Honey has long been used worldwide as a flavoring and in alternative medicine. Buckwheat honey is an especially dark variant of honey, with a relatively strong and distinctive flavor. This honey shares several nutritional characteristics with other varieties of honey, though buckwheat also contains nutritious compounds not found in lighter honeys.
Buckwheat honey, with a relatively high number of calories per serving, is a good source of energy. One tablespoon of honey contains 64 calories, and a standard-sized packet of honey found at restaurants typically contains about 43 calories, according to the U.S. Department of Agriculture National Nutrient Database. Dieters and those looking to lose weight should consume honey in moderation to avoid excess caloric intake.
The majority of the calories in buckwheat honey are from sugar. Each tablespoon of honey contains 17.3 g of carbohydrates, almost all of which is from sugars. The sugar in honey is mostly glucose and fructose, with very small amounts of sucrose, the same compound that makes up table sugar. Individuals following a sugar-controlled diet, such as those with diabetes, should consume honey sparingly, to avoid high levels of sugar consumption.
Vitamins and Minerals
Buckwheat honey is a source of vitamins and minerals. It contains potassium, an essential mineral to support your body’s nerve, muscle and heart function, according to the University of Maryland Medical Center. Honey also contains betaine, a compound that aids in liver functioning and may help reduce the risk of heart disease. Combine buckwheat honey with other healthy foods, such as whole-grain toast, Greek yogurt or fruit, to consume a meal rich in beneficial vitamins and minerals.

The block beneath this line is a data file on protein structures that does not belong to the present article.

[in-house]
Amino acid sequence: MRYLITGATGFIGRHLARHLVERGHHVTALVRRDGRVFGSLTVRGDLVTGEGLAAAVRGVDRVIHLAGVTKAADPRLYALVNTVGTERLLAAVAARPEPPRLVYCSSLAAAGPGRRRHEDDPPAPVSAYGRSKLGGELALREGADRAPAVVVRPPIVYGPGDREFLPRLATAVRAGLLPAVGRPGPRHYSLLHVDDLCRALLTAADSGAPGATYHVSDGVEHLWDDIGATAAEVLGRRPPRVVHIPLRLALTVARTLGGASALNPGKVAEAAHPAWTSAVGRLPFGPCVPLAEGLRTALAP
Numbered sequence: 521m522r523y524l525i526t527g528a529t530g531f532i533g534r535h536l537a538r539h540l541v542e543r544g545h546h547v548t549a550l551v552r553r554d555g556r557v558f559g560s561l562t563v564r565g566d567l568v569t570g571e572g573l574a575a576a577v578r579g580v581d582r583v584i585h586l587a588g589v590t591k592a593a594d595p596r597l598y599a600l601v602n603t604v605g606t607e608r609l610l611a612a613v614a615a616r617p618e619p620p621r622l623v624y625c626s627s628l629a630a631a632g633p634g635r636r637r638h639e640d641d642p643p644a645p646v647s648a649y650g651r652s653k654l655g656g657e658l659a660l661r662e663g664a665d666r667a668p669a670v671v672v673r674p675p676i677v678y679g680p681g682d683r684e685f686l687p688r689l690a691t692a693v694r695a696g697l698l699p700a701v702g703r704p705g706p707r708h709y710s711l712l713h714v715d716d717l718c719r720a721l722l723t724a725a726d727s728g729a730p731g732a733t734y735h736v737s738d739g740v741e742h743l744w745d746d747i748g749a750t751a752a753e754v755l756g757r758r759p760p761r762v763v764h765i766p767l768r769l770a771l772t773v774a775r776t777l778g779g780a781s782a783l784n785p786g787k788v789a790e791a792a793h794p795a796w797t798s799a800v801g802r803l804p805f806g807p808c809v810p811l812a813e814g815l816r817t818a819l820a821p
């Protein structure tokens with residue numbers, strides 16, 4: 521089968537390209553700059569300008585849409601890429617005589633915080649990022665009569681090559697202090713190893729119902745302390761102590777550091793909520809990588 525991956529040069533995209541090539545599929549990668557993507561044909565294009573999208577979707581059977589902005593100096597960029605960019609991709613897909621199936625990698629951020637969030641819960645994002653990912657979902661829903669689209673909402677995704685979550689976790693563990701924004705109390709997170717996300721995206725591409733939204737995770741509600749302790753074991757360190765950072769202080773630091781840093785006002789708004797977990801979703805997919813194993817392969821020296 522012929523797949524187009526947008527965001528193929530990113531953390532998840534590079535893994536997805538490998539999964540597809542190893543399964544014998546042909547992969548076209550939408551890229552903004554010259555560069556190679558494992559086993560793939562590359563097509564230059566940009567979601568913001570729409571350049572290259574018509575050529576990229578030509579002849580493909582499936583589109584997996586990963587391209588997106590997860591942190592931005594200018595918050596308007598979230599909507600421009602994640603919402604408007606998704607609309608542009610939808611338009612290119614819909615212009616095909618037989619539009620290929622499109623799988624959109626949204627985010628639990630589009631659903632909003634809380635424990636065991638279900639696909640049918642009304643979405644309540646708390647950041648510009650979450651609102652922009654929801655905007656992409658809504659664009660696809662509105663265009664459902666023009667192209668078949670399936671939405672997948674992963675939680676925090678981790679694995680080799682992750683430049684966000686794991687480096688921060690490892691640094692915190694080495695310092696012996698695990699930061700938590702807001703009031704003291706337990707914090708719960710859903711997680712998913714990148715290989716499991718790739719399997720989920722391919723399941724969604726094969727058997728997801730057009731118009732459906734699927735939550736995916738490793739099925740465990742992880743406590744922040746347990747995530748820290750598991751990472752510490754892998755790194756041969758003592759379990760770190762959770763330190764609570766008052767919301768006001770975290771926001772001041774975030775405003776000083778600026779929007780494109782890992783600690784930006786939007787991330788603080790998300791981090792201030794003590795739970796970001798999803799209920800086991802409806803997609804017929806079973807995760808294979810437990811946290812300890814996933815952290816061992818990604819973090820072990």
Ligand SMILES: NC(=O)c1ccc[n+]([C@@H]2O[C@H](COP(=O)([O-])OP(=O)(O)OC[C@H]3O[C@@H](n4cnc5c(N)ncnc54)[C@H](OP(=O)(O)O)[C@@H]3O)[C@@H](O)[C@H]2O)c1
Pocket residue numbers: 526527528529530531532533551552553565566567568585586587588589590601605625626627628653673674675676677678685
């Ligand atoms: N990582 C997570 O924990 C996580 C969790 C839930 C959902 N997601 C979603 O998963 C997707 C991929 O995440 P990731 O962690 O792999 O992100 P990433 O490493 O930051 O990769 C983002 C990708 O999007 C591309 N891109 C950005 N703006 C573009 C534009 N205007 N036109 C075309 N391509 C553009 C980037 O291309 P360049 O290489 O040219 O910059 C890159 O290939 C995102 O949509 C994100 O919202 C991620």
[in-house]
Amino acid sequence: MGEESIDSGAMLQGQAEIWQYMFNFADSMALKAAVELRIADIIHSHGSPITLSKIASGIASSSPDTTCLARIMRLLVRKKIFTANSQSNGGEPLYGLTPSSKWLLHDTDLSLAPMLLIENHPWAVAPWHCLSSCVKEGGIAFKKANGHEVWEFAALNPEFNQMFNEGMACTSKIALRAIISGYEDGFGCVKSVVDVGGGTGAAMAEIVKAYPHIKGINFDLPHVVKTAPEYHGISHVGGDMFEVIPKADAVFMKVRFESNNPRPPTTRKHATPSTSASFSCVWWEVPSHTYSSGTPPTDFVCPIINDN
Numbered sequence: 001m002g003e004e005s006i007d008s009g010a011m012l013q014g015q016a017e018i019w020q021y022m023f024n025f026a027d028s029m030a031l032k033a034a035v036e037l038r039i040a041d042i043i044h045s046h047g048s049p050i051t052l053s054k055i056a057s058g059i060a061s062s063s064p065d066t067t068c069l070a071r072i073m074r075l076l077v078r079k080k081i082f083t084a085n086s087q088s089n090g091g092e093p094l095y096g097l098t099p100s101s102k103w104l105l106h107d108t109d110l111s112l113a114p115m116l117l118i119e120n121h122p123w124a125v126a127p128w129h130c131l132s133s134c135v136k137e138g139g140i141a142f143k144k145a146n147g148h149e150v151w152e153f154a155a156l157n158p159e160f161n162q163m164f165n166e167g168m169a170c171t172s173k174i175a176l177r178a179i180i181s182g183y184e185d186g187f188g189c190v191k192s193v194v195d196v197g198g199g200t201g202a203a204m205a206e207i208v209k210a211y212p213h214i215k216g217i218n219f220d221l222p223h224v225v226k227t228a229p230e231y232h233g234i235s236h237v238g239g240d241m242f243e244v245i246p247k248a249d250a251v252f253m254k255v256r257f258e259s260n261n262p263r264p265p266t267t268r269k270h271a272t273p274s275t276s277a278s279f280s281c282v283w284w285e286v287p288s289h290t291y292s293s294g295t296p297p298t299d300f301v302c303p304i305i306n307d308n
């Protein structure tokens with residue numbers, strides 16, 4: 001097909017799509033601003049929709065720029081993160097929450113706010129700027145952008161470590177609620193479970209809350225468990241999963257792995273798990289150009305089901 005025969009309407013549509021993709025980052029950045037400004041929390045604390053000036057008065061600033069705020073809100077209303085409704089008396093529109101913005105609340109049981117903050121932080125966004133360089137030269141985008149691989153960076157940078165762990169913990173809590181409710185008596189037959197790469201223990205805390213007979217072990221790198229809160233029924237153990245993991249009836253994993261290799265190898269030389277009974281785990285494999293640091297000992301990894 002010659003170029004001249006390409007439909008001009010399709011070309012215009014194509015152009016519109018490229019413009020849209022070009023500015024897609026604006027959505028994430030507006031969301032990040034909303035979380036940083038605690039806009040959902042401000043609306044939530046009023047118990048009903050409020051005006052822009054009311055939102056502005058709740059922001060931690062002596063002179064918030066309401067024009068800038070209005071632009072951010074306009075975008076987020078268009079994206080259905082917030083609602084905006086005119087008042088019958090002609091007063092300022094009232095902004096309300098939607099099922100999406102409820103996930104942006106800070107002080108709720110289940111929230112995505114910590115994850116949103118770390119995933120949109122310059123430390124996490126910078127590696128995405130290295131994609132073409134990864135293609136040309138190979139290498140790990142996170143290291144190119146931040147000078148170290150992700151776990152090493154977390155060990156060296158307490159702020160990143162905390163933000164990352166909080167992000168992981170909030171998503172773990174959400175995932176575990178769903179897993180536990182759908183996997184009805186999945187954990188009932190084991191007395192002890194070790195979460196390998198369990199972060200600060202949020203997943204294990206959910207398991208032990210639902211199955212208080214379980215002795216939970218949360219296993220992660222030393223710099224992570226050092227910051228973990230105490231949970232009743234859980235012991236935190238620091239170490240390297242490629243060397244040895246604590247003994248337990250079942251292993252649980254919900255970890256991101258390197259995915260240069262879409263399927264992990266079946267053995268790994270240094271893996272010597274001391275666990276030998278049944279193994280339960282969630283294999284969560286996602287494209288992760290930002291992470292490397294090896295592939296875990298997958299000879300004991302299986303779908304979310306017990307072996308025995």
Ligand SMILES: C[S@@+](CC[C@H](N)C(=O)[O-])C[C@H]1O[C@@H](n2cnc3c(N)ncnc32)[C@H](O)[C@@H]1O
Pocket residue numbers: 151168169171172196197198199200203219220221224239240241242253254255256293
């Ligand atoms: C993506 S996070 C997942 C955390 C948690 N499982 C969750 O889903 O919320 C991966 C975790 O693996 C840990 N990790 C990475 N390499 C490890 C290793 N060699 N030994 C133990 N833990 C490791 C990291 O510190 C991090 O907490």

Unlike many lighter varieties, buckwheat honey contains large amounts of anti-oxidants -- beneficial chemicals that prevent molecular damage to your cells. Cornell University explains that the anti-oxidants in buckwheat honey are beneficial to cardiovascular health, since consuming the honey can help maintain the levels of “good” cholesterol within your bloodstream, while promoting the breakdown of “bad” LDL cholesterol. When consuming honey, select buckwheat honey for its anti-oxidant content and potential benefits to your cardiovascular system. Do not use honey as a treatment for any symptom or condition without first consulting your doctor.